Love is a thread that runs through each story, but it’s love that’s closely linked with loss and violence. There is love between Hawley’s victims, love between Hawley and Lily, love between Loo and Marshall, whose kisses leave her with swollen lips and a face scratched raw from stubble. Marshall makes Loo feel “Ripped open. At times, she could barely stand it. The boy wanted to kiss her even though she had broken his bones.”

Over the course of the book Loo learns that no one is ever all good or all bad, but a little bit of both. She discovers that we are all searching and fighting for the same thing.

This review was originally published in the Post and Courier.

‘History of Wolves’ examines consequences of actions

emilyfridlund800Growing up in the northern woods is a lonely experience. Winter is so long, much longer than it should be, that it teaches you to hunker down, to hold your arms tight across your chest, to grit your teeth and squint your eyes until it’s over.

“It was the worst part of winter, a waste of white in every direction, no place for little kids or city people. Beneath a foot of ice, beneath my boots, the walleye drifted. They did not try to swim, or do anything that required effort. They hovered, waiting winter out with driftwood, barely beating their hearts.”

In Emily Fridlund’s debut novel “History of Wolves,” Madeline, who goes by Linda, is a wise and lonely 14-year-old living in an abandoned commune in northern Minnesota with her parents, or “simply the people who stayed around after everyone else went back to college or office jobs in the Twin Cities.” The result of this atypical upbringing is that Linda is wise beyond her years, though her practicality exasperates her mother who wishes Linda would just “cavort and pretend.”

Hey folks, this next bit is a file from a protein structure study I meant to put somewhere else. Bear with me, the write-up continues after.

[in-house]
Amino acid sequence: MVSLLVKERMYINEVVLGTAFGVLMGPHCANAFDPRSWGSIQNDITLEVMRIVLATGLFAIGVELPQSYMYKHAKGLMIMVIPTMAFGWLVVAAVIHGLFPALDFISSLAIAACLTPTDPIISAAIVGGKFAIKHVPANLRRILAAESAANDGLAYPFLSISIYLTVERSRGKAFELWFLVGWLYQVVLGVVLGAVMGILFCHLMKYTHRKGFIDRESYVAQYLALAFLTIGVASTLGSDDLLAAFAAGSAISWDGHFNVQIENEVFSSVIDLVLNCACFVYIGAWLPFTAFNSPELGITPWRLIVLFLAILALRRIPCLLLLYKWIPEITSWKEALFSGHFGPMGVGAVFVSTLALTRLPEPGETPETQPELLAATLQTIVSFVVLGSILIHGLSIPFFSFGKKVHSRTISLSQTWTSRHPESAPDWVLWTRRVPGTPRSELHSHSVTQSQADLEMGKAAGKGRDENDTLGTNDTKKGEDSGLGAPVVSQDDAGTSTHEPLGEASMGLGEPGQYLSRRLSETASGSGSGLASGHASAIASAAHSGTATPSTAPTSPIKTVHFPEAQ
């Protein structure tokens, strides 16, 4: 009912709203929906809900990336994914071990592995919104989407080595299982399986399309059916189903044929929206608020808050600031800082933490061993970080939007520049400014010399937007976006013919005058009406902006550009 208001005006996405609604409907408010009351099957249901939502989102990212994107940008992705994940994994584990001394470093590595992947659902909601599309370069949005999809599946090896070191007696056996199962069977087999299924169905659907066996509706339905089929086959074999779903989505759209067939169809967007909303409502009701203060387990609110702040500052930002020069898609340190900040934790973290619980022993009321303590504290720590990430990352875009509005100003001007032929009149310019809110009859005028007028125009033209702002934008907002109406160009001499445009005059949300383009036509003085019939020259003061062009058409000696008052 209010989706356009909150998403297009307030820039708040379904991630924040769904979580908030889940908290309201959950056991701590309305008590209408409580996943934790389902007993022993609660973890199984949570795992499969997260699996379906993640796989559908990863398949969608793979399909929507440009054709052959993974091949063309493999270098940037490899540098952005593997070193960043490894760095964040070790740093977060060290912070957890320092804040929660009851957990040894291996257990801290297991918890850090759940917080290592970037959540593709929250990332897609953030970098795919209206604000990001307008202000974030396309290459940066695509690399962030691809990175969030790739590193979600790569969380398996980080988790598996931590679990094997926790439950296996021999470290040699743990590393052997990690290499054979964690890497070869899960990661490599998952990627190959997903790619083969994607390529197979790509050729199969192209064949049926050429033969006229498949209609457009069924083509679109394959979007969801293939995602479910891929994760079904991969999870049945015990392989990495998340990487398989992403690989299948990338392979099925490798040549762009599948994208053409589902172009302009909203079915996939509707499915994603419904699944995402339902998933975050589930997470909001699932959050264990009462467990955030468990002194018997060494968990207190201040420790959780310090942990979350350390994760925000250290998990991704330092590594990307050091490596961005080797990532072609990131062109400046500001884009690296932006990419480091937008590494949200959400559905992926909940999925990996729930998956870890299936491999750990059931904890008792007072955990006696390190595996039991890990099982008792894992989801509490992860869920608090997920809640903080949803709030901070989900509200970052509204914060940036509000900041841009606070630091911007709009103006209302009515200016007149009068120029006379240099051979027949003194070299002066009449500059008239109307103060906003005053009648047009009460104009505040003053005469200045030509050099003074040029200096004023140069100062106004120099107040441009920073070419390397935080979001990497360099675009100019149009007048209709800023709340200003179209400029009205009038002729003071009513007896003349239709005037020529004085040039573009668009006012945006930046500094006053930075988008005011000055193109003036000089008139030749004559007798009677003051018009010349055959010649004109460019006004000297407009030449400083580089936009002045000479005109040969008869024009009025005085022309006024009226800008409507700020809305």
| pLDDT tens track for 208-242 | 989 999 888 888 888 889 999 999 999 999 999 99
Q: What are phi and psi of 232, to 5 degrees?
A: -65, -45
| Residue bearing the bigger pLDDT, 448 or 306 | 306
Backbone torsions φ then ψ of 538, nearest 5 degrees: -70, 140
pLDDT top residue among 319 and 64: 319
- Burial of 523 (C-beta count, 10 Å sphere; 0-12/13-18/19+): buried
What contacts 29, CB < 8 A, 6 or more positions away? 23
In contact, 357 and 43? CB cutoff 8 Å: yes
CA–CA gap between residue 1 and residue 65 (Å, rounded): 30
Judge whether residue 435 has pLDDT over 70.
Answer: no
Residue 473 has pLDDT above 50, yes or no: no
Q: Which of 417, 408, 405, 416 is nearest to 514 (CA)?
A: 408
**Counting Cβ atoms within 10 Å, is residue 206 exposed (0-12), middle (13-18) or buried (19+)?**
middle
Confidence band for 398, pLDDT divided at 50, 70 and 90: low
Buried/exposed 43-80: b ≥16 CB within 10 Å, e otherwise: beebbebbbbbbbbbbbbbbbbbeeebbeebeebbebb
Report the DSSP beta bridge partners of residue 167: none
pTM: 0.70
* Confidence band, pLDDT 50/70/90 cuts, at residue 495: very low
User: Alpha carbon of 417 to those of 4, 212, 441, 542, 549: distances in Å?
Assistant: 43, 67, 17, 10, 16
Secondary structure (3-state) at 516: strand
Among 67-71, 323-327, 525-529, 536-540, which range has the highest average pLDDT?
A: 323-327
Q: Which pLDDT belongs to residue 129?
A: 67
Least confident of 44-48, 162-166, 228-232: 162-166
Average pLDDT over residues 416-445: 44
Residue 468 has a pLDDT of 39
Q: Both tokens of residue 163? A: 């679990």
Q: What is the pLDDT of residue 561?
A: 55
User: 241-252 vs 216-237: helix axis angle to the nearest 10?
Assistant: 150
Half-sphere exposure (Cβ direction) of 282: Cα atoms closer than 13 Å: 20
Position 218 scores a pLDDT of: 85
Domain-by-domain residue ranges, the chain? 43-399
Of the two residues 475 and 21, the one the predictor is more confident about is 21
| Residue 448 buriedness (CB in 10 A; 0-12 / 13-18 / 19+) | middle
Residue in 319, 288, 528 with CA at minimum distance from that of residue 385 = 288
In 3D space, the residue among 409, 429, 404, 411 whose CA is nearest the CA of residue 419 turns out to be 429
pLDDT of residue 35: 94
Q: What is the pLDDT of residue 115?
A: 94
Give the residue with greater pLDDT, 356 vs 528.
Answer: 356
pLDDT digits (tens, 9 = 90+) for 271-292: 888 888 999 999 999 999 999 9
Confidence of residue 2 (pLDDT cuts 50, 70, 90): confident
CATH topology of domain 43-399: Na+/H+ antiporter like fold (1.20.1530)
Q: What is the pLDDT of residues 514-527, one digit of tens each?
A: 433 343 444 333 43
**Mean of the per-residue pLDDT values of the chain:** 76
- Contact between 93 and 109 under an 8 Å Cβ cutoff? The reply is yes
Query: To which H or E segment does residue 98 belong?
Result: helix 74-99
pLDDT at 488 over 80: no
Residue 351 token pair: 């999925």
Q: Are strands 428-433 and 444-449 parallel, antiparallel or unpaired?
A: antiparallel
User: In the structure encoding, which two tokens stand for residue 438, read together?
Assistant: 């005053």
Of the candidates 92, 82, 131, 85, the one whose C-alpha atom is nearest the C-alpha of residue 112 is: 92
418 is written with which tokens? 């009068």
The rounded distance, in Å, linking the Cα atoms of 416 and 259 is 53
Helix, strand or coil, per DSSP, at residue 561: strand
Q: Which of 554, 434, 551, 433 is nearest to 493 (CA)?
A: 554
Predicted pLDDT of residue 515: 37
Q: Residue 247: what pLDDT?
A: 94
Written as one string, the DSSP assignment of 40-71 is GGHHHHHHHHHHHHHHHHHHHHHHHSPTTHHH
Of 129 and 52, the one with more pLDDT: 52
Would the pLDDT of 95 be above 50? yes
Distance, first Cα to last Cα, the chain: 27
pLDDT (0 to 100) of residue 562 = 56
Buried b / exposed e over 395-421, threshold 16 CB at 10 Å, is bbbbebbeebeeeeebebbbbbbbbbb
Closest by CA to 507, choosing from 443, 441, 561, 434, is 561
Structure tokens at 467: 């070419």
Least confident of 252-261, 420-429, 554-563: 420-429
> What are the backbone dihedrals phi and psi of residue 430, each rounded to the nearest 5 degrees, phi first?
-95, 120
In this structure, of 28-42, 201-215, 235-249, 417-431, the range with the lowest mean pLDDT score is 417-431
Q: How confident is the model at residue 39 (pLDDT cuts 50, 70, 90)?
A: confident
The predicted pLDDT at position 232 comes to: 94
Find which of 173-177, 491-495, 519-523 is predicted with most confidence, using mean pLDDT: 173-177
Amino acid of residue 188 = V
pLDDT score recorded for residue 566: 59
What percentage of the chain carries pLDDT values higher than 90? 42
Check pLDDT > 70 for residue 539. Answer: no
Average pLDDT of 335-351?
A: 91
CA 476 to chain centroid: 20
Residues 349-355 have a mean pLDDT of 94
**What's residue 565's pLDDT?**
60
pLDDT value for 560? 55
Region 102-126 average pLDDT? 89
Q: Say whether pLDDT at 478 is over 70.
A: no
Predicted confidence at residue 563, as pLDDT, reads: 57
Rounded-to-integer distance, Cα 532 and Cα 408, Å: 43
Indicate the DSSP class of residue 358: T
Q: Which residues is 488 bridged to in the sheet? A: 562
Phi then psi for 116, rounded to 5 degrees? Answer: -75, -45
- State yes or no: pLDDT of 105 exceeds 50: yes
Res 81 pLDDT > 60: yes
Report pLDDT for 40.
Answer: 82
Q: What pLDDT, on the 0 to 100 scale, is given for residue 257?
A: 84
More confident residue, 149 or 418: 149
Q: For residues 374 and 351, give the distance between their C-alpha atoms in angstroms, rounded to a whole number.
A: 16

But it’s not in Linda’s nature to pretend to be happy. Not when she’s scraping money together to buy food and walking home from school through the snow and dark woods to a house with no heat. Happiness is pointless, until a young family moves into a house on the lake within view of Linda’s cabin.

Petra Gardner has relocated from the city to the lake house with her 4-year-old son Paul, while her husband Leo, an astronomer, works overseas. Petra is young and naive and enlists Linda as Paul’s babysitter “to teach them about the woods,” and soon Linda is spending all her time at the house on the lake. Immersing herself in the lives of Petra and Paul, she is happy — “I barely recognized the feeling,” she says — until Leo returns.

Dr. Leonard Gardner is a third-generation Christian Scientist who believes “there is no place in the universe for evil, for sickness, for sadness, for death.” His presence is unsettling and alters the dynamic of the house, driving a wedge between the women. Linda watches, resentfully, as Petra becomes passive and deferential around her husband.

The book is divided into two parts: “Science” and “Health,” which is also the title of a book written in 1875 by Christian Science founder Mary Baker Eddy, who argued that sickness is an illusion that can be corrected by prayer alone. Fridlund steers us away from critique of Christian Scientists, letting Leo’s actions speak for themselves.

This review was originally published in the Post and Courier.

Author Peter Selgin says we are all Inventors

Selgin -- The Inventors cover

Who?

Author Peter Selgin believes we are all inventors. He says memory is fallible and that we invent ourselves intentionally or inadvertently. “We don’t have a faithful grasp of who we are and we base our identities on a blend of memory and mythology. Memories are about as reliable as myths. Like myths, they take on their own truths.” But what does it mean when our memory of someone (a father, a teacher) is different from reality? Selgin’s latest book “The Inventors” is a memoir that examines the lives of two men, his father and his 8th grade teacher, who were influential in his life. Each had a profound effect on his development, and it wasn’t until after their deaths that he discovered the significance of their inventions.